A couple of well-known leadership authors, James M. Kouzes and Barry Z. Posner, released a training activity book in 2010 titled, The Leadership Challenge, Activities Book, it was edited by the highly admired and very talented, Elaine Biech. I was fortunate to contribute to that book through one of my training activities titled, Take A Risk! (pgs. 217 – 227). This activity appeared in the chapter titled, Challenge the Process. It’s a great book for those who are interested in activities related to leadership development. The reason I’m mentioning it is because it helps build credibility to the idea that value exists in taking reasonable and well calculated risk. Sometimes we have to challenge the process, at least according to some mainstream theories.

Recently I wrote a blog post about the concept of having reasonable expectations and of course the word reasonable might be considered to be very subjective. Later, a friend challenged some of my thinking by asking if this concept might create self-limiting beliefs. A good question I believe, and one that is important for anyone seeking change.

Here are a few of my beliefs about reasonable and calculated risk.

We should,

  • value risk
  • take reasonable risk
  • be calculated about our risk
  • expand our comfort zone
  • recognize that there is risk in safety.

Most of this bullet list is self-explanatory, but let me just provide an additional comment about risk as it relates to safety. Many people live their life by playing it very (or totally) safe. Each person has their own style and comfort associated with risk and the results they achieve. However, there is one fallacy in the concept of playing it safe. The fallacy is that playing it safe, taking very limited or no risk is perhaps one of the riskiest positions you can take. We are living in a world of rapid and constant change, if you are not changing, if you are not stepping away from your comfort zone, you are likely falling behind.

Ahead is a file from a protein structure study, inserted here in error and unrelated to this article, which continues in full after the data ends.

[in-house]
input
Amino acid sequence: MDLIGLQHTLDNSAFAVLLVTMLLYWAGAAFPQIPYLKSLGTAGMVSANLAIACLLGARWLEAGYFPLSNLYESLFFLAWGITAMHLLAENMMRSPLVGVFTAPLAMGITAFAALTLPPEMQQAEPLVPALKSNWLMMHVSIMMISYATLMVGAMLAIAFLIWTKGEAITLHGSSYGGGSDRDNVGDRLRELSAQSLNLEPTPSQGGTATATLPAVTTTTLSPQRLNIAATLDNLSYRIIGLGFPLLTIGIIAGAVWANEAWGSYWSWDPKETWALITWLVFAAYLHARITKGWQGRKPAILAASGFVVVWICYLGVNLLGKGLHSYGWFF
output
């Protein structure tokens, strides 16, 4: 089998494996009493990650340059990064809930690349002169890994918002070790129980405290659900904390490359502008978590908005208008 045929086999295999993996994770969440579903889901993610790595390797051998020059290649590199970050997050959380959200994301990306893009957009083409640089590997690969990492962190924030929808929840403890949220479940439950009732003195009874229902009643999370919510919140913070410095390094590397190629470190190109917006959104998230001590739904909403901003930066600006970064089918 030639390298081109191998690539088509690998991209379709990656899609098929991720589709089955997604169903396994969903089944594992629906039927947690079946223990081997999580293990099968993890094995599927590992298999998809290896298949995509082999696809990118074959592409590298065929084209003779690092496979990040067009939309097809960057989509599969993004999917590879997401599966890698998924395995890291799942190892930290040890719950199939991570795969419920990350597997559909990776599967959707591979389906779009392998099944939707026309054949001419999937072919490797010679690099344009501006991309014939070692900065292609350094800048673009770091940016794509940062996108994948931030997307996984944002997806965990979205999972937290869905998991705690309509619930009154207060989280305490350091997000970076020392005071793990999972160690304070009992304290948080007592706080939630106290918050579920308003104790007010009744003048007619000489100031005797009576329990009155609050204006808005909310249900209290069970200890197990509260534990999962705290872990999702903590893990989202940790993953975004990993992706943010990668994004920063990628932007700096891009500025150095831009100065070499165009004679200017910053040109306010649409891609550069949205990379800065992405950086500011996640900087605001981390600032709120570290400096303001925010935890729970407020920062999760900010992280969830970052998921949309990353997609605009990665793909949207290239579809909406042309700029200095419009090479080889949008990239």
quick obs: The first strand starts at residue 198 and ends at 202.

What calculated risks have you taken lately? What risk opportunity did you walk away from that you should have taken?

Risk is part of your growth, or not.

Take some!

– DEG

Dennis E. Gilbert is a business consultant, speaker (CSPTM), and coach that specializes in helping businesses and individuals accelerate their leadership, their team, and their success. He is the author of the newly released book, Forgotten Respect, Navigating A Multigenerational Workforce. Reach him through his website at Dennis-Gilbert.com or by calling +1 646.546.5553.

Dennis Gilbert on Google+